Economic activities in developing countries also cause environmental degradation because these countries are using non-renewable energy resources for industrial and other economic activities that boost CO2 emissions in society. Concerning the environmental impact of economic growth, economic growth has a positive and statistically non-significant effect on environmental degradation. Estimated results show that when economic growth in Pakistan increases in shape of industrial development or any other economic activity the CO2 emissions also increases. The coefficient of per capita shows that 1% elevation in economic growth increases environmental degradation in the economy of Pakistan about 1.03%. Ang (2007) stated that economic growth has a positive effect on CO2 emission, degradation of the environment is caused by economic growth and industrial development. Arouri et al. (2012) also stated that GDP growth is the primary cause of environmental degradation in MENA countries (Table 6).

Table 6 Short Run ARDL Results

Results of short-run ARDL are same as long-run ARDL model. Coal consumption, oil consumption, and natural gas consumption are the primary source of non-renewable energy consumption in Pakistan. Results of non-renewable energy consumption indicate a positive impact on environmental degradation in Pakistan. Economic growth also causes environmental degradation due to repaid growth of industries and other sectors in the economy. Economic growth indicates a positive effect on the degradation of the environment in Pakistan. It is average in developing countries economy when the economic growth increases, so it causes to raise the CO2 emissions in the economy because of the economic activities in shape of a considerable number of factories which cause CO2 emissions. The coefficient of ECT is negative and statistically significant that suggests that any change in CO2 emissions from short-run towards long period is accurate by 26.81% every year (Table 7).

Table 7 Diagnostics Test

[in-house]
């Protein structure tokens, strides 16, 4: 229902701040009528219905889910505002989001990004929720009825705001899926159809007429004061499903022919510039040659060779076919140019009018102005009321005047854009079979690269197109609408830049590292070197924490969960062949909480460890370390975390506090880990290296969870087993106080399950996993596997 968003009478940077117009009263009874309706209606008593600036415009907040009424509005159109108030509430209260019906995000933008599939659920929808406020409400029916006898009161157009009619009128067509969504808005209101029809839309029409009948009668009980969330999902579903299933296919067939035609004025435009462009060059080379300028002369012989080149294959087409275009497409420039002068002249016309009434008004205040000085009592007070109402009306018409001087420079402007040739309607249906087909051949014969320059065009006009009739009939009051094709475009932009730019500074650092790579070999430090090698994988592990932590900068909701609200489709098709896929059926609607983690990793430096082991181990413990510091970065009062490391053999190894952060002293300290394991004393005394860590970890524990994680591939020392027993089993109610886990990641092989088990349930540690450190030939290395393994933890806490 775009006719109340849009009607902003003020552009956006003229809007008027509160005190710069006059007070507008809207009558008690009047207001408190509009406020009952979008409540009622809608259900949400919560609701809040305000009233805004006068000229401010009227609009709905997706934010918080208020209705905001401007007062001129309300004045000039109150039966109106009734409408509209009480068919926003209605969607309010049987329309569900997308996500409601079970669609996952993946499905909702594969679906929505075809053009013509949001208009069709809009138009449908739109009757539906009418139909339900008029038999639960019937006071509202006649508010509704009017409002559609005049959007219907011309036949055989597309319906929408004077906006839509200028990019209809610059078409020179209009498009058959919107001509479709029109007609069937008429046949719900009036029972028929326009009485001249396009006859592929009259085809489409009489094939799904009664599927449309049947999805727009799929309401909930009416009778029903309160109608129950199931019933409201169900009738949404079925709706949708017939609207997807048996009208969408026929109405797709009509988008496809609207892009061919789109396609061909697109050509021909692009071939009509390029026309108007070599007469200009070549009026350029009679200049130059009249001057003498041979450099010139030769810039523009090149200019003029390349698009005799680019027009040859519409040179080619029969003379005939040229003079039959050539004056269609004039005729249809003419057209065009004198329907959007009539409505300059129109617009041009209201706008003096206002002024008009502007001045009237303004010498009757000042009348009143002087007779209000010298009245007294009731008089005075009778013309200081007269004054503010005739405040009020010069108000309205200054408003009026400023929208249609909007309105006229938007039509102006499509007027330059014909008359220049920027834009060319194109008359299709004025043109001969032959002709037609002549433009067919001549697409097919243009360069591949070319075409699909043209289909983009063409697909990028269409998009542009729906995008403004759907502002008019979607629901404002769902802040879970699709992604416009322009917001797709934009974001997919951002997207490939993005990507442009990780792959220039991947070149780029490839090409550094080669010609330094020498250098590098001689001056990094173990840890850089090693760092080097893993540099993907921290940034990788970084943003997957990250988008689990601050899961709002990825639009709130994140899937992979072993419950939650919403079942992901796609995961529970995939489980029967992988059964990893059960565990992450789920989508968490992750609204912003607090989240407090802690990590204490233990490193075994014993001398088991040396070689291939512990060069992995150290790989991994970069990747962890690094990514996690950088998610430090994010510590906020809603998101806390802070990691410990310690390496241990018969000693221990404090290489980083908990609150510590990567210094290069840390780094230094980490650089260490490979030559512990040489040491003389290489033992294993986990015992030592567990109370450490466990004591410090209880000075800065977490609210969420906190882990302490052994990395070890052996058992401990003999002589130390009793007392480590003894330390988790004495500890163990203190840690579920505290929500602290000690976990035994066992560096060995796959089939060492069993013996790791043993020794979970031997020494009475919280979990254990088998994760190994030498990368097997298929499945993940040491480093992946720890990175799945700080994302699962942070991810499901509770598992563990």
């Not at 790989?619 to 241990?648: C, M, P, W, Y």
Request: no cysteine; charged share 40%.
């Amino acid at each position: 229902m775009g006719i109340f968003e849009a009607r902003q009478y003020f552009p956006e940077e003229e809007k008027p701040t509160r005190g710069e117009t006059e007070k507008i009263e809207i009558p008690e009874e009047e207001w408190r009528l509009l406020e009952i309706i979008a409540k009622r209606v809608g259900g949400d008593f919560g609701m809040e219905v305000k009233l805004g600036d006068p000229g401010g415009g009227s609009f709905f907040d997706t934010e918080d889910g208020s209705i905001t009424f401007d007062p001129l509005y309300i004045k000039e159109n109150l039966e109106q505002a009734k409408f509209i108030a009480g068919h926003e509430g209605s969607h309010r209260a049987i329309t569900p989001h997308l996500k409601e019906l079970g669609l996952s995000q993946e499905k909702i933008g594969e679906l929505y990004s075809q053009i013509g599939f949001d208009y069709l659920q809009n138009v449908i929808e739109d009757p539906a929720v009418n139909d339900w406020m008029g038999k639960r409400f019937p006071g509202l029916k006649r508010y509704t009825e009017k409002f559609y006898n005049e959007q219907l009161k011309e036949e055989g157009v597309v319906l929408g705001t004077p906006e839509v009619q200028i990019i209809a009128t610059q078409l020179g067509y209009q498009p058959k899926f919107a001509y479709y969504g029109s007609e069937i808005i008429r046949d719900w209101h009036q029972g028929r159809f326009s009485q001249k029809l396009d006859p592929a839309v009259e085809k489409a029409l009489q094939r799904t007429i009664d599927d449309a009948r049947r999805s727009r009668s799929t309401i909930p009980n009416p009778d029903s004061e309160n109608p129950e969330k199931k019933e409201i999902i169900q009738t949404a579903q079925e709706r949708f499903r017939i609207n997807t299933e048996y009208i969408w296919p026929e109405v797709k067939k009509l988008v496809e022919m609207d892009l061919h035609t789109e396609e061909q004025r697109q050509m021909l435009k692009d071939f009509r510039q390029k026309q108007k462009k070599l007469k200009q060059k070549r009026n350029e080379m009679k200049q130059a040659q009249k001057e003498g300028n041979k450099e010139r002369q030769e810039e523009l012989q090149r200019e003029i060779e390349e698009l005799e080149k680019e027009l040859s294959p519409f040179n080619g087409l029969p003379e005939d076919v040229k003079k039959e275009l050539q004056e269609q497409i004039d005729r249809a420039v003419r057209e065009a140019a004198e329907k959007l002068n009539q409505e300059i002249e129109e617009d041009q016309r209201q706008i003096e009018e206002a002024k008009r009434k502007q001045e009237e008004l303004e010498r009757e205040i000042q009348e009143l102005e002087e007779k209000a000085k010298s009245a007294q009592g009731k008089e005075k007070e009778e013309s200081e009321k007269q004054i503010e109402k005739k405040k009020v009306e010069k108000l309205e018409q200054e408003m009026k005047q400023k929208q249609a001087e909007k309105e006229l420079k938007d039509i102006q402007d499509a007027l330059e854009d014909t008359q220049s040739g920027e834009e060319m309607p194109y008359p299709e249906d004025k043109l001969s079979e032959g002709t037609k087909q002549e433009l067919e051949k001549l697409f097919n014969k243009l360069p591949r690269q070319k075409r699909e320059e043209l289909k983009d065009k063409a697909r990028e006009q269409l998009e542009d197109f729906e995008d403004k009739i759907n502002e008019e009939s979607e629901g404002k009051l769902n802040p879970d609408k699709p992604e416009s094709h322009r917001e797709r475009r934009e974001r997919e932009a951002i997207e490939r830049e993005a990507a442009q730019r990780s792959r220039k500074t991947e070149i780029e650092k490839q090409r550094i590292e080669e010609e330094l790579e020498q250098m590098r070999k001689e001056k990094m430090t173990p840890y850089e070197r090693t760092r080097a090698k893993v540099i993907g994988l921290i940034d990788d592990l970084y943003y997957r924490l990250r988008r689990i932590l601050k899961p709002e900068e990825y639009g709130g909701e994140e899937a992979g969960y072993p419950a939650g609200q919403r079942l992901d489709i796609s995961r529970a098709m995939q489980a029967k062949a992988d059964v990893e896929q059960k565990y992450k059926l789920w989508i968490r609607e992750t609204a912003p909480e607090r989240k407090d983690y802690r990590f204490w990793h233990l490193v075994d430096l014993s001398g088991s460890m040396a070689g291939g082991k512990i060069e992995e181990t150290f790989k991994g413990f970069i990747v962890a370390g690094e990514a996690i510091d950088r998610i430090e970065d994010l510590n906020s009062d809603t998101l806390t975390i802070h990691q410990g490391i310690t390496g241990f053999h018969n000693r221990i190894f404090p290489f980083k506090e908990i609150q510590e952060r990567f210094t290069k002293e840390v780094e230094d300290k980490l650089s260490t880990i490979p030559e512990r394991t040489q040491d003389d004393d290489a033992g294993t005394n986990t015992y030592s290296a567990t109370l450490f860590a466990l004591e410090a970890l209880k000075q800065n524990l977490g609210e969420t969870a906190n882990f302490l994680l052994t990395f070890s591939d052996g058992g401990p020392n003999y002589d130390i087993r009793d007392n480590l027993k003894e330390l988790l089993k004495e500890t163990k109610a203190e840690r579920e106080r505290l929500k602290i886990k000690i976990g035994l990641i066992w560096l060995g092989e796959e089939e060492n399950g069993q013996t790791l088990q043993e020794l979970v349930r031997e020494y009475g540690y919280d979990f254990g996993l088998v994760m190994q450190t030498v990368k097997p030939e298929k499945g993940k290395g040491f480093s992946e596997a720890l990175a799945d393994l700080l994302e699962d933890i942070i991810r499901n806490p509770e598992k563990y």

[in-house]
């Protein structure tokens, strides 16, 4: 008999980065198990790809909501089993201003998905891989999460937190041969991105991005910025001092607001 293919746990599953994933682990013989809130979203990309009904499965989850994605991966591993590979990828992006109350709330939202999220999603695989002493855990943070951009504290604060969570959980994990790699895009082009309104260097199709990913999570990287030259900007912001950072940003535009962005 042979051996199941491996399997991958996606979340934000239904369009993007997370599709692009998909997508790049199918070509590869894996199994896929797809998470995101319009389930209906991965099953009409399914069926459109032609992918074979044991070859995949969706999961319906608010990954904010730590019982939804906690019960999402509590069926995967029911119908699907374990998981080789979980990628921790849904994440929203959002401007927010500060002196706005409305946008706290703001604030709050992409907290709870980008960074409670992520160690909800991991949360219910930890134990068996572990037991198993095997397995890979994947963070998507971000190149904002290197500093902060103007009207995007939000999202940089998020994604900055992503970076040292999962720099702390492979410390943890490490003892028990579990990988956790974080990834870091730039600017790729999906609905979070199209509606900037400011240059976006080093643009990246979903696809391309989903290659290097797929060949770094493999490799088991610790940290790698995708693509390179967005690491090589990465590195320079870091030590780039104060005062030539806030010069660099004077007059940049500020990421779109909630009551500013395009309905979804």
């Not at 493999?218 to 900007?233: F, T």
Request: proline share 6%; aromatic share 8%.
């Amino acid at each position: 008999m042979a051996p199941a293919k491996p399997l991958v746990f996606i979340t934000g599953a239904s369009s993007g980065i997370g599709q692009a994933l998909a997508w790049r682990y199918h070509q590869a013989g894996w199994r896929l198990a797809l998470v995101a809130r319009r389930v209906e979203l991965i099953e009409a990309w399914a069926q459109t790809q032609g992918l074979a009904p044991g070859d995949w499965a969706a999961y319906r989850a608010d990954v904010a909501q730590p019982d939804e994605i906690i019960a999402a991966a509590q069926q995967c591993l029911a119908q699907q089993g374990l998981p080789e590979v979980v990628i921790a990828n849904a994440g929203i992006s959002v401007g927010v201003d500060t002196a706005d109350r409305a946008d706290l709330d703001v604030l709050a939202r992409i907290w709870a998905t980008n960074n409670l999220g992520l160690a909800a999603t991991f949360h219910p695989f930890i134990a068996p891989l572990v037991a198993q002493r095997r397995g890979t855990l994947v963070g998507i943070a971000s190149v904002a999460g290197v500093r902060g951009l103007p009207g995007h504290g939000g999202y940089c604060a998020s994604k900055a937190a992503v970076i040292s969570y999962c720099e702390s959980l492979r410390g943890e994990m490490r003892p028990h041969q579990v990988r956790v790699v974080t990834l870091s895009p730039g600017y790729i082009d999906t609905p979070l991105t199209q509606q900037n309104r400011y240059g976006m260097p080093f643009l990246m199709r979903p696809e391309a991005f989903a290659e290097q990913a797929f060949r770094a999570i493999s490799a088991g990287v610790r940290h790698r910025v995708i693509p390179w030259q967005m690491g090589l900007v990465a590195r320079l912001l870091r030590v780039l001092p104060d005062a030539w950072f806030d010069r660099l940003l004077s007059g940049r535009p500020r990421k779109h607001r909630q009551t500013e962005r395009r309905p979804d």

The above shows the diagnostics test. The r-squared value indicates that 99% variation independent variable is explained by coal consumption, oil consumption, natural gas consumption these three are used for measuring energy consumption and per capita income which is used to measure economic growth. AIC and SIC showed that the model is fit; Durbin Watson indicates that there is no problem of autocorrelation in our data (Figs. 1 and 2).

Fig. 1
figure1

Plot of Cumulative Sum of Recursive Residuals

Fig. 2
figure2

Plot of Cumulative Sum of Squares of Recursive Residuals

CUSUM and CUSUM of squares indicate that the model is stable because the blue line among the two red lines which shows the stability of coefficients.

Conclusions and recommendations

This primary objective of this paper is to examine the nexus between energy consumption, economic growth and CO2 emission in Pakistan from 1965 to 2015. Stationarity of each time series was checked through Augmented Dickey–Fuller (ADF) and Phillips-Perron (PP) Unit Root Tests. The results of the Augmented Dickey–Fuller (ADF) and Phillips-Perron (PP) Unit Root Tests indicated that all the time series are stationary at level and first difference and none of the series are at second difference. Autoregressive distributed lag (ARDL) is applied for checking cointegration among the series. Long run ARDL results pointed out that energy consumption have a positive effect on CO2 emissions in Pakistan. Coefficient of economic growth indicates a positive effect on the CO2 emissions in Pakistan both short and long run.

Based on the results of this study, it is recommended that government of Pakistan should educate the local people to motive them toward plantation with forest department to increase the share of the forest to control environmental degradation in Pakistan. Estimated results indicated that environmental degradation is the main cause of economic growth so it is recommended to revise policy related to economic growth in Pakistan for controlling the environmental degradations. Non-renewable sources of energy are used as a fuel and for industrial production and household energy consumption in Pakistan so it is recommended to adopt such energy sources that cause minimum environmental degradation. To control the environmental degradations in the long run, the policy makers are recommended to adopt such policies that encourage using environment-friendly equipment, machinery, vehicles, and utilities to minimize the environmental degradations.

Availability of data and materials

The data used in this research paper were obtained from the World Development indicator (World Bank): https://data.worldbank.org/products/wdi

Abbreviations

ADF:

Augmented Dickey-Fuller

ARDL:

Autoregressive distributed lag

CO2:

Carbon Dioxide emissions

COLCNM:

Coal Consumption

ECM:

Error correction model

NTGCNM:

Natural gas consumptions

OLCNM:

Oil consumptions

PCI:

Per capita income is used for Economic growth

PP:

Phillips and Perron

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Acknowledgments

I am very thankful to all friends for their help and suggestion their valuable comments regarding this research paper.

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Khan, M.K., Khan, M.I. & Rehan, M. The relationship between energy consumption, economic growth and carbon dioxide emissions in Pakistan. Financ Innov 6, 1 (2020). https://doi.org/10.1186/s40854-019-0162-0

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Keywords

  • Energy consumption
  • Economic growth
  • CO2 emissions
  • ARDL